FW: Bush's Faustian Deal With the Taliban

Craven, Jim jcraven at clark.edu
Thu Dec 20 15:13:37 MST 2001

NOTE: As late as three weeks before 9-11, the Bush Admin sent more funds to
the Taliban under the Poppy Eradication Program; the funds were ostensibly
for suppression of drug trafficking, the majority of which was conducted by
the thugs/rapists/warlords/medievilists of the now-US-allies of the Northern

If John Walker is charged with giving material assistance to a terrorist
organization, the charge Bush et al also as they gave far more assistance
than Walker well after Walker is known to have come into contact with the

Jim Craven

 Bush's Faustian Deal With the Taliban
 By Robert Scheer
 Published May 22, 2001 in the Los Angeles Times

 Enslave your girls and women, harbor anti-U.S. terrorists, destroy every
 vestige of civilization in your homeland, and the Bush administration will
 embrace you. All that matters is that you line up as an ally in the drug
 war, the only international cause that this nation still takes seriously.

 That's the message sent with the recent gift of $43 million to the Taliban
 rulers of Afghanistan, the most virulent anti-American violators of human
 rights in the world today. The gift, announced last Thursday by Secretary
 of State Colin Powell, in addition to other recent aid, makes the U.S. the
 main sponsor of the Taliban and rewards that "rogue regime" for declaring
 that opium growing is against the will of God. So, too, by the Taliban's
 estimation, are most human activities, but it's the ban on drugs that
 catches this administration's attention.

 Never mind that Osama bin Laden still operates the leading anti-American
 terror operation from his base in Afghanistan, from which, among other
 crimes, he launched two bloody attacks on American embassies in Africa in

 Sadly, the Bush administration is cozying up to the Taliban regime at a
 time when the United Nations, at U.S. insistence, imposes sanctions on
 Afghanistan because the Kabul government will not turn over Bin Laden.

 The war on drugs has become our own fanatics' obsession and easily trumps
 all other concerns. How else could we come to reward the Taliban, who has
 subjected the female half of the Afghan population to a continual reign of
 terror in a country once considered enlightened in its treatment of women?

 At no point in modern history have women and girls been more systematically
 abused than in Afghanistan where, in the name of madness masquerading as
 Islam, the government in Kabul obliterates their fundamental human rights.
 Women may not appear in public without being covered from head to toe with
 the oppressive shroud called the burkha , and they may not leave the house
 without being accompanied by a male family member. They've not been
 permitted to attend school or be treated by male doctors, yet women have
 been banned from practicing medicine or any profession for that matter.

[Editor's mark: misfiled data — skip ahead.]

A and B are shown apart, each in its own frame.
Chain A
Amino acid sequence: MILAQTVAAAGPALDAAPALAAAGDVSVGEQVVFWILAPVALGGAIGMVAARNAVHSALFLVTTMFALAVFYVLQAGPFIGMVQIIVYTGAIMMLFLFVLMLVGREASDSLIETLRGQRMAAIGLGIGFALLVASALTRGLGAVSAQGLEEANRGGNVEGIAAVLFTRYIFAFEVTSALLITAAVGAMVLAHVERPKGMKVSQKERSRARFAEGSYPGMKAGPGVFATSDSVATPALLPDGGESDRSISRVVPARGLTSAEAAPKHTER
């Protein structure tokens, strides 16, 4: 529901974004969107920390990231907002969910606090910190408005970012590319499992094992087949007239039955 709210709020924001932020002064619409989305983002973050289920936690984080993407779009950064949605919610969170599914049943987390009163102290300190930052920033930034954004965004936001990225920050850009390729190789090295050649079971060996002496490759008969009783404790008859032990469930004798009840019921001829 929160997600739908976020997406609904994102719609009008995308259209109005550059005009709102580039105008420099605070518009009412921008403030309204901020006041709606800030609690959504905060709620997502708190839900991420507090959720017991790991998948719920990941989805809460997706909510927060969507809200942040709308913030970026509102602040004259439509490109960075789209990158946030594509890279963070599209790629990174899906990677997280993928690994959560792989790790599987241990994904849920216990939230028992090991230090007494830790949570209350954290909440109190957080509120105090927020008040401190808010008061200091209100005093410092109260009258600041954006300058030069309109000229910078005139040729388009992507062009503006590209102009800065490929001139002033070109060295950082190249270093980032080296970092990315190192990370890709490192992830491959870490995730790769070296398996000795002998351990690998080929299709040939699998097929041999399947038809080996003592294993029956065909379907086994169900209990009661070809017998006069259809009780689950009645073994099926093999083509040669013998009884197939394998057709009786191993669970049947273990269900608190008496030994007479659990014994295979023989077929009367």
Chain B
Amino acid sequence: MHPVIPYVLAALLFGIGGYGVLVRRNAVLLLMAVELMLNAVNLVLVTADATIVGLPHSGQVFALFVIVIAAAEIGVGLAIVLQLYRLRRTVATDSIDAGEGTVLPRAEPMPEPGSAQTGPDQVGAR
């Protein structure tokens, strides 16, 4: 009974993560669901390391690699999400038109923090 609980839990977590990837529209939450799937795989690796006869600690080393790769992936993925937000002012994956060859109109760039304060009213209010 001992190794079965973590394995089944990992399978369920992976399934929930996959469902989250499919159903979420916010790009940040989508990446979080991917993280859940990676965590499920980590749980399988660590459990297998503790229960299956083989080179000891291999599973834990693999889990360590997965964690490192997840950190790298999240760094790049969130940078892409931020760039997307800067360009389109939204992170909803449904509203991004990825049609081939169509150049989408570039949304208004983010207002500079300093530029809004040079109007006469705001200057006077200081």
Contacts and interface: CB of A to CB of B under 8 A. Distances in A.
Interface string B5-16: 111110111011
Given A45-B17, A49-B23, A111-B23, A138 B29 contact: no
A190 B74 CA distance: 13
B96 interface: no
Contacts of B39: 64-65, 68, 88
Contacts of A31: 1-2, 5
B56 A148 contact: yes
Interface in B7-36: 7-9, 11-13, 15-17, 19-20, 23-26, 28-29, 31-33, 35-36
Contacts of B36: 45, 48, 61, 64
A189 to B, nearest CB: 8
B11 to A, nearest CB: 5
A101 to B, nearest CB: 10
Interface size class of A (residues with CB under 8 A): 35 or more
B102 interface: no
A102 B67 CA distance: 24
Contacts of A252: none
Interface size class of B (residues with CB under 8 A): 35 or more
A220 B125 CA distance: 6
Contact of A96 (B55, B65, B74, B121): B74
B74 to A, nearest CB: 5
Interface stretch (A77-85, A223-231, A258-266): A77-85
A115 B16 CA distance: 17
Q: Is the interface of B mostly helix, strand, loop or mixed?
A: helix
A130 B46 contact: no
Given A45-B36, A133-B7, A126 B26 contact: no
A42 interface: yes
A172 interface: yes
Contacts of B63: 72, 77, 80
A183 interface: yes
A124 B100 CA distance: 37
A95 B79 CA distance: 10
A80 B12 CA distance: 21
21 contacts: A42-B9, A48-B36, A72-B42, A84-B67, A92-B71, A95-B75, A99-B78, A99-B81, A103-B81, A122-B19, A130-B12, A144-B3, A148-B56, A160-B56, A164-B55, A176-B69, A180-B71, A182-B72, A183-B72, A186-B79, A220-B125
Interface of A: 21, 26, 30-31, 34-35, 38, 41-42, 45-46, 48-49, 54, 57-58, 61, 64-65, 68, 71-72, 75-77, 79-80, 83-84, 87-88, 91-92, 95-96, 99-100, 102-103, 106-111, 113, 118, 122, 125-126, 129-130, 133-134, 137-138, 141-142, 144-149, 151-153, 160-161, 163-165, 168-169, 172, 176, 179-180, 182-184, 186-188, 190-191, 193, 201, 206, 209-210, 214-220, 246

The lot of males is better if they blindly accept the laws of an extreme
 religious theocracy that prescribes strict rules governing all behavior,
 from a ban on shaving to what crops may be grown. It is this last power
 that has captured the enthusiasm of the Bush White House.

 The Taliban fanatics, economically and diplomatically isolated, are at the
 breaking point, and so, in return for a pittance of legitimacy and cash
 from the Bush administration, they have been willing to appear to reverse
 themselves on the growing of opium. That a totalitarian country can
 effectively crack down on its farmers is not surprising. But it is
 grotesque for a U.S. official, James P. Callahan, director of the State
 Department's Asian anti-drug program, to describe the Taliban's special
 methods in the language of representative democracy: "The Taliban used a
 system of consensus-building," Callahan said after a visit with the
 Taliban, adding that the Taliban justified the ban on drugs "in very
 religious terms."

 Of course, Callahan also reported, those who didn't obey the theocratic
 edict would be sent to prison.

 In a country where those who break minor rules are simply beaten on the
 spot by religious police and others are stoned to death, it's
 understandable that the government's "religious" argument might be
 compelling. Even if it means, as Callahan concedes, that most of the
 farmers who grew the poppies will now confront starvation. That's because
 the Afghan economy has been ruined by the religious extremism of the
 Taliban, making the attraction of opium as a previously tolerated quick
 cash crop overwhelming.

 For that reason, the opium ban will not last unless the U.S. is willing to
 pour far larger amounts of money into underwriting the Afghan economy.

 As the Drug Enforcement Administration's Steven Casteel admitted, "The bad
 side of the ban is that it's bringing their country--or certain regions of
 their country--to economic ruin." Nor did he hold out much hope for Afghan
 farmers growing other crops such as wheat, which require a vast
 infrastructure to supply water and fertilizer that no longer exists in that
 devastated country. There's little doubt that the Taliban will turn once
 again to the easily taxed cash crop of opium in order to stay in power.

 The Taliban may suddenly be the dream regime of our own war drug war
 zealots, but in the end this alliance will prove a costly failure. Our long
 sad history of signing up dictators in the war on drugs demonstrates the
 futility of building a foreign policy on a domestic obsession.

 Robert Scheer Is a Syndicated Columnist.

PLEASE clip all extraneous text before replying to a message.

More information about the Marxism mailing list